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use Module LIST
use Module

Imports some semantics into the current package from the named module, generally by aliasing certain subroutine or variable names into your package. It is exactly equivalent to

BEGIN { require Module; import Module LIST; }

except that Module must be a bareword.

If the first argument to use is a number, it is treated as a version number instead of a module name. If the version of the Perl interpreter is less than VERSION, then an error message is printed and Perl exits immediately. This is often useful if you need to check the current Perl version before useing library modules that have changed in incompatible ways from older versions of Perl. (We try not to do this more than we have to.)

The BEGIN forces the require and import() to happen at compile time. The require makes sure the module is loaded into memory if it hasn't been yet. The import() is not a builtin--it's just an ordinary static method call into the "Module" package to tell the module to import the list of features back into the current package. The module can implement its import() method any way it likes, though most modules just choose to derive their import() method via inheritance from the Exporter class that is defined in the Exporter module. See Exporter. If no import() method can be found then the error is currently silently ignored. This may change to a fatal error in a future version.

If you don't want your namespace altered, explicitly supply an empty list:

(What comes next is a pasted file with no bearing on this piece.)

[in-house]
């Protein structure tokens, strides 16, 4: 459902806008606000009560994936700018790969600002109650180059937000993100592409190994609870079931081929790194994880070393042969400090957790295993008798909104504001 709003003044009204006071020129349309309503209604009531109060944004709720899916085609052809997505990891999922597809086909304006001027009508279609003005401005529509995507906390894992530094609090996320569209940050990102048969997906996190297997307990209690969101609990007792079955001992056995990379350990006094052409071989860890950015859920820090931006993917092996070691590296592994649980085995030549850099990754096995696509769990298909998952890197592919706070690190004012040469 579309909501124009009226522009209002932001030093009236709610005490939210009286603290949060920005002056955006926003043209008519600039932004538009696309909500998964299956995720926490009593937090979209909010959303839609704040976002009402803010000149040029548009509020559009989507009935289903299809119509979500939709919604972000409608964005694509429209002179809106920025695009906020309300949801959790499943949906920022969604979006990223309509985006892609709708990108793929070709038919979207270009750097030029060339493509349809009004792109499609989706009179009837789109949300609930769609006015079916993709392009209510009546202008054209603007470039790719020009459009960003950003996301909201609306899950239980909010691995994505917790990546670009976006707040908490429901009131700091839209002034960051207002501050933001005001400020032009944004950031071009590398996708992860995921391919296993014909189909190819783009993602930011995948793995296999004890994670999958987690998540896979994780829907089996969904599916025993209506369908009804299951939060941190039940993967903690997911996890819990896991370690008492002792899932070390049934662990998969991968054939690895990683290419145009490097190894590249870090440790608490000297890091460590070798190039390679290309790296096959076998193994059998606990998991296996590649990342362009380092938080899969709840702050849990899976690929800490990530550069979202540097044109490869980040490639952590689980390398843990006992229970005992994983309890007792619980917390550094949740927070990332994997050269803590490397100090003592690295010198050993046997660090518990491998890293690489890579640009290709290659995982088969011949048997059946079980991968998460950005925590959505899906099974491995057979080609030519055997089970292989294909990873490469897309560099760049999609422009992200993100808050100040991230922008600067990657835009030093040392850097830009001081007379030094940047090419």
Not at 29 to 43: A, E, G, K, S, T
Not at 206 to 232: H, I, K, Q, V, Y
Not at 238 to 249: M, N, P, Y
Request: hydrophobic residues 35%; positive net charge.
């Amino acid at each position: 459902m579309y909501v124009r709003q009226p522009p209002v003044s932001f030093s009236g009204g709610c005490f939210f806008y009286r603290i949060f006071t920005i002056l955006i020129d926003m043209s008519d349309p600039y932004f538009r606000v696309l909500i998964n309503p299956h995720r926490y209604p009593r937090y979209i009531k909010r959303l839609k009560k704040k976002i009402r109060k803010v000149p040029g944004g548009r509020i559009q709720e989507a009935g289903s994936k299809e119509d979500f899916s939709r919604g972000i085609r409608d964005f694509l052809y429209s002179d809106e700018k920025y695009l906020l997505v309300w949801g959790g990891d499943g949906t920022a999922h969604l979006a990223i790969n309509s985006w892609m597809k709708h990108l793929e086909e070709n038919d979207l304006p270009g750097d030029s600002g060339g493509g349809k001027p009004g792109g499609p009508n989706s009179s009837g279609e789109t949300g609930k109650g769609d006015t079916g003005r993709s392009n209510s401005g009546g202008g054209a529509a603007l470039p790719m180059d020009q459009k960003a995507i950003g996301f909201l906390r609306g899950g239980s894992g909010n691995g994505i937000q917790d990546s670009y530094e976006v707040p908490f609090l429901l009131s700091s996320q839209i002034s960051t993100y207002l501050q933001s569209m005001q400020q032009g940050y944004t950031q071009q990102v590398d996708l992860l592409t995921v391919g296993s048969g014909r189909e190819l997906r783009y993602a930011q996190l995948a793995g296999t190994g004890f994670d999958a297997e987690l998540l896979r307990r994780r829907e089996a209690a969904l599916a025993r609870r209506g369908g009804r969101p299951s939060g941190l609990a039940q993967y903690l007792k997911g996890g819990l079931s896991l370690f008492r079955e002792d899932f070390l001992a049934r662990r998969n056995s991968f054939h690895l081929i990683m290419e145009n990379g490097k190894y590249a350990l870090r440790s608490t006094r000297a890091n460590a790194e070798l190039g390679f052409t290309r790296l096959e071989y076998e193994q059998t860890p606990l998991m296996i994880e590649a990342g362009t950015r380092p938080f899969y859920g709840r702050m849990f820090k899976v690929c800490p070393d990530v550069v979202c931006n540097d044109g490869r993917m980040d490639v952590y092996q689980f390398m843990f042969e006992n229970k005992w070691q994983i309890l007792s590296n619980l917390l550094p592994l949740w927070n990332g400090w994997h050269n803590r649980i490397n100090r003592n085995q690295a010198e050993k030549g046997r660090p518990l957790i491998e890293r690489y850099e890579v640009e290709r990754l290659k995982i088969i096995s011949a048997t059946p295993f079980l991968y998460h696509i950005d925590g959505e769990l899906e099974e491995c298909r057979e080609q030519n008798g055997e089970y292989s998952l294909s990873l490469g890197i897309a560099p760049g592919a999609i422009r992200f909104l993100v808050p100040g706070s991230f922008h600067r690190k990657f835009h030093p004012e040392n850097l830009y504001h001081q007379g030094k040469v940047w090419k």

use Module ();

That is exactly equivalent to

BEGIN { require Module }

If the VERSION argument is present between Module and LIST, then the use will call the VERSION method in class Module with the given version as an argument. The default VERSION method, inherited from the Universal class, croaks if the given version is larger than the value of the variable $Module::VERSION. (Note that there is not a comma after VERSION!)

Because this is a wide-open interface, pragmas (compiler directives) are also implemented this way. Currently implemented pragmas are:

use integer;
use diagnostics;
use sigtrap qw(SEGV BUS);
use strict  qw(subs vars refs);
use subs    qw(afunc blurfl);

Some of these these pseudo-modules import semantics into the current block scope (like strict or integer, unlike ordinary modules, which import symbols into the current package (which are effective through the end of the file).

There's a corresponding "no" command that unimports meanings imported by use, i.e., it calls unimport Module LIST instead of import().

no integer;
no strict 'refs';

If no unimport() method can be found the call fails with a fatal error.

See perlmod for a list of standard modules and pragmas.